Friday, June 13, 2008

The Military Salute


The military salute required in almost all civilized countries is nearly the same. Perhaps in Germany, however, the regulations are somewhat more stringent. A soldier on meeting the emperor has to stand still, face about and remain with hand raised for from 12 to 20 paces before his majesty approaches and for the same distance after he has passed. In Belgium an officer has to do the same thing for the king and subalterns for generals, though ten paces only are required for the latter case. Soldiers carrying anything so that their hands are quite occupied salute with their eyes — that is, they turn their heads in the direction of the person coming and going. French officers raise their caps to each other, but the privates do as the privates in other armies do. — London Standard.

Costly Business

"Looked here, mister, kin yo' tell me whar dey git marriage sustificates?" inquired an old colored individual of one of the bailiffs at the city hall the other day. The bailiff steered him toward the clerk's office. When he appeared before one of the gentlemen who issue the small slip of paper so requisite to the eternal happiness of a pair whom Cupid has visited, he repeated his request.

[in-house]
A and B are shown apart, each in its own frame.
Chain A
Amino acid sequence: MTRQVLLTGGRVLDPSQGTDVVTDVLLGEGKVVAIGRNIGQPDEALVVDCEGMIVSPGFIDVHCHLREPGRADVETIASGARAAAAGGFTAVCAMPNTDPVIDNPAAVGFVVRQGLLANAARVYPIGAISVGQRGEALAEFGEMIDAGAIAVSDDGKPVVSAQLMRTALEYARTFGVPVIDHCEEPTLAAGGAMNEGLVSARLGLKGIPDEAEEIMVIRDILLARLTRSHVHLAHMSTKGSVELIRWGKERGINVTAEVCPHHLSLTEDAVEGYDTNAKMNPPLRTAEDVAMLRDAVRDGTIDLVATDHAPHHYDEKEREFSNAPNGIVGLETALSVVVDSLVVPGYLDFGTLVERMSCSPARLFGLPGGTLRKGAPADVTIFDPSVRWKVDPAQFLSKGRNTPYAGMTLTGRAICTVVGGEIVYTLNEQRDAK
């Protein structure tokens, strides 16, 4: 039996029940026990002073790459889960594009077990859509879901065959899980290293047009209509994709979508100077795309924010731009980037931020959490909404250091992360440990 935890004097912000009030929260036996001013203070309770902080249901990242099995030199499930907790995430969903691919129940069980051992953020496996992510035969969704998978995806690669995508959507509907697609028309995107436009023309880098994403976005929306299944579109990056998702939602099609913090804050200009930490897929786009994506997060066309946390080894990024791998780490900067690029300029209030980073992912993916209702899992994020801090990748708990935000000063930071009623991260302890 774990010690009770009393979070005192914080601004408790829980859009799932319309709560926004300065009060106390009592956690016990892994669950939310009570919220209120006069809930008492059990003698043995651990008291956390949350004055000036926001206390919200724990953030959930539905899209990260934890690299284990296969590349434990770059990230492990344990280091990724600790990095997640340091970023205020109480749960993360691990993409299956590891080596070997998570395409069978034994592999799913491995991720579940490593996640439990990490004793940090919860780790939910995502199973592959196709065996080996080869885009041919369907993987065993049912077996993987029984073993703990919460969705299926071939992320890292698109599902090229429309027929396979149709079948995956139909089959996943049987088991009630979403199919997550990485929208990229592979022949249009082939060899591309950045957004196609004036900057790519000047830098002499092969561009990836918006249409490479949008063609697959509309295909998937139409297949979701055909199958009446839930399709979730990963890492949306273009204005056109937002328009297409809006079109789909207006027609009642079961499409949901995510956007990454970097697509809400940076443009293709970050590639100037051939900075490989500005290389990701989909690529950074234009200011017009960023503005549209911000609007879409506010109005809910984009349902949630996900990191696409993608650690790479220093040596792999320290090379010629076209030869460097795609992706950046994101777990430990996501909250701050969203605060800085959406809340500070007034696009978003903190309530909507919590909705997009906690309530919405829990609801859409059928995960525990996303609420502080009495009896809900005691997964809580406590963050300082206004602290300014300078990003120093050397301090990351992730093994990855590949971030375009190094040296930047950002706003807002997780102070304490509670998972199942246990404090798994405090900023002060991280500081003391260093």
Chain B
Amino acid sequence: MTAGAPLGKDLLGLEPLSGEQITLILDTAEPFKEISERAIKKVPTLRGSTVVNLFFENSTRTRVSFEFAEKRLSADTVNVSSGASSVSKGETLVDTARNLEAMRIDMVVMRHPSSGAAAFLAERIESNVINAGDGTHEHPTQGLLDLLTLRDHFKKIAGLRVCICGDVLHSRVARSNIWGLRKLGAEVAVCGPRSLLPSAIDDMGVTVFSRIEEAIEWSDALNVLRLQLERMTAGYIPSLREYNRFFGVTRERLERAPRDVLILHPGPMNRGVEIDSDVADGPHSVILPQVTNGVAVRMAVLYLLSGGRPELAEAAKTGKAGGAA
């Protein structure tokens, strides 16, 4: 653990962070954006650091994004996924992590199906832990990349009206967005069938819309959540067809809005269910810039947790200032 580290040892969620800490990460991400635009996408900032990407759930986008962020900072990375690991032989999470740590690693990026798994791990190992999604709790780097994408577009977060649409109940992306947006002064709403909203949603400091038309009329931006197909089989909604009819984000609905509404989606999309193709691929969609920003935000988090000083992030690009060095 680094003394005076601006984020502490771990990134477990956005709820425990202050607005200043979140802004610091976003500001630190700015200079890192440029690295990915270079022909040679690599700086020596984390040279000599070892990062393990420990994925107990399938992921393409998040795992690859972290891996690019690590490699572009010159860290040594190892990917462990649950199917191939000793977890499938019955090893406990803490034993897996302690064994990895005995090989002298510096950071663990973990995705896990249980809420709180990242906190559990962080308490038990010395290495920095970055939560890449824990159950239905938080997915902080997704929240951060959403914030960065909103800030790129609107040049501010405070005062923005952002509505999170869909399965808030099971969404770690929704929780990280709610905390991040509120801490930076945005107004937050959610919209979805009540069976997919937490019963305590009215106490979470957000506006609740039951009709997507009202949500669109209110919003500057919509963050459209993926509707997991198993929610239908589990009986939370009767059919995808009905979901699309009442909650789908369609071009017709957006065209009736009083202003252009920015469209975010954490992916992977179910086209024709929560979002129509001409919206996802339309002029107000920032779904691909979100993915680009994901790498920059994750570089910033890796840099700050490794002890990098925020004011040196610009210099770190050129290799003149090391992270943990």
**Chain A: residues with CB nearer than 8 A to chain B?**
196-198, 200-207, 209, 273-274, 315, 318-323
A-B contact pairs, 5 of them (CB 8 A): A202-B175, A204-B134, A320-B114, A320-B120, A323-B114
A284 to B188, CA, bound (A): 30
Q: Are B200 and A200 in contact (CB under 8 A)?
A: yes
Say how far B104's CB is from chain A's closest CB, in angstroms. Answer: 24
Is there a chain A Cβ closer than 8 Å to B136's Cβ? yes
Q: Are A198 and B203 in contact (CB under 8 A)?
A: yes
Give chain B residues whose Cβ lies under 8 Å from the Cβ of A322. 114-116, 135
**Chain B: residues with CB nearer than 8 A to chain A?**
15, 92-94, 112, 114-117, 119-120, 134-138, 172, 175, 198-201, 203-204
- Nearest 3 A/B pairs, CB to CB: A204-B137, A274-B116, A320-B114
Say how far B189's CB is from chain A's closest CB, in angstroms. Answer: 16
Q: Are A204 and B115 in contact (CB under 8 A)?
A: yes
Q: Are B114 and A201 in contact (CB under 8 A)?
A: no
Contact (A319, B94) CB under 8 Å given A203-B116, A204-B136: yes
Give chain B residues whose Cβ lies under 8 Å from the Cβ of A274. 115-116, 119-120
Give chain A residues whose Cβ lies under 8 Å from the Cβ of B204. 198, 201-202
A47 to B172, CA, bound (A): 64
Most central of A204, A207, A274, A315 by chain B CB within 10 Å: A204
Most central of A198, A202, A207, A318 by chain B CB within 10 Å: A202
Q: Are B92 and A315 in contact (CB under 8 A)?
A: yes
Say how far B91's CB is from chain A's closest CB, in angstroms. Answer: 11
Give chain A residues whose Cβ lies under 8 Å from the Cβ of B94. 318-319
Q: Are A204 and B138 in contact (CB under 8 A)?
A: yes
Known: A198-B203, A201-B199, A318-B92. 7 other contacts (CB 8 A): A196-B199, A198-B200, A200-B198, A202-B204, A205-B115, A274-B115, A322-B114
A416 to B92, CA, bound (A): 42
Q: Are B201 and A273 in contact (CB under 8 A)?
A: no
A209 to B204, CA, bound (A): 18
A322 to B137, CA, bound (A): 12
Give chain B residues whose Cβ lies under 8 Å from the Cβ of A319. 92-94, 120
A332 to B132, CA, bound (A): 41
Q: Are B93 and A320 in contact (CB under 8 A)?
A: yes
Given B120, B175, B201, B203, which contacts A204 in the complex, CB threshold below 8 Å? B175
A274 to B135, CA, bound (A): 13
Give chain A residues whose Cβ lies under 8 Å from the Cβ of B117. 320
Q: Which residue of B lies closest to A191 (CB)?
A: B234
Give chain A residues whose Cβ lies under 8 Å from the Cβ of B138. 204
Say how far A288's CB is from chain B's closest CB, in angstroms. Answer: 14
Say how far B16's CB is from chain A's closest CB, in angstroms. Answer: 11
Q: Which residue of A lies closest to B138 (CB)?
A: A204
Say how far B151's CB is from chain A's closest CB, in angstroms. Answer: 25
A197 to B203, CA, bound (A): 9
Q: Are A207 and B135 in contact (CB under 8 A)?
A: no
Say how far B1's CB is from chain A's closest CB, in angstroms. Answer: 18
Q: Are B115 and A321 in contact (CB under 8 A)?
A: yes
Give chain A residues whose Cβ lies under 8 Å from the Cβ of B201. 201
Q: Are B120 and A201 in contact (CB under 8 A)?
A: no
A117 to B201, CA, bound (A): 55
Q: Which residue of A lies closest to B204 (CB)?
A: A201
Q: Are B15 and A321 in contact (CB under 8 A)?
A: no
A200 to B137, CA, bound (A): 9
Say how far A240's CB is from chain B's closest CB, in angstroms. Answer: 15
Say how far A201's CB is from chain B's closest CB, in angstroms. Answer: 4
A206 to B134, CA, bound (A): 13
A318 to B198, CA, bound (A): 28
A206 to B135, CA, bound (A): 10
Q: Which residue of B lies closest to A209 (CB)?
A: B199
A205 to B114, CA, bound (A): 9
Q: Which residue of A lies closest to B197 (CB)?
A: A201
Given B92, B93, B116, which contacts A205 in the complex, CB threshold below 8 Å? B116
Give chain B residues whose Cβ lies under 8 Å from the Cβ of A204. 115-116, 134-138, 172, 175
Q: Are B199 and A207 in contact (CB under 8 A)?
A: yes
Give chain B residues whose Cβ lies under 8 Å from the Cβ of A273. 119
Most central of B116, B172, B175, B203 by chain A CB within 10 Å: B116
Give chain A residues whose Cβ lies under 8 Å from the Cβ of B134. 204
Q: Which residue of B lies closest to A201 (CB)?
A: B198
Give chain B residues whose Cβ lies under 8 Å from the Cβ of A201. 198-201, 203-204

"Yes, sah; she hab a funny name; but, Lor, I don' know how she spells it," he said in answer to the clerk's question. "I alwa' jes' call her Luc fo' short. Do yo' wan' to know her age? She's jes' 25. I'm 65. Dat's a little discrepshon in our ages, but it don' matter. What money I makes I get at de top o' telegraph poles — dat is, I'm a lineman."

After venturing these remarks the old man stopped a minute to renew his supply of oxygen and then inquired the fee.

"Dat's purty strong, mistar. It's a purty costly bizness, dis her' gettin married, even when I'ze gwine to git a young an han'som' bride," said the old man as he fumbled in an aged purse and laid three quarters, two dimes and a nickel before the clerk. — Nashville Times.

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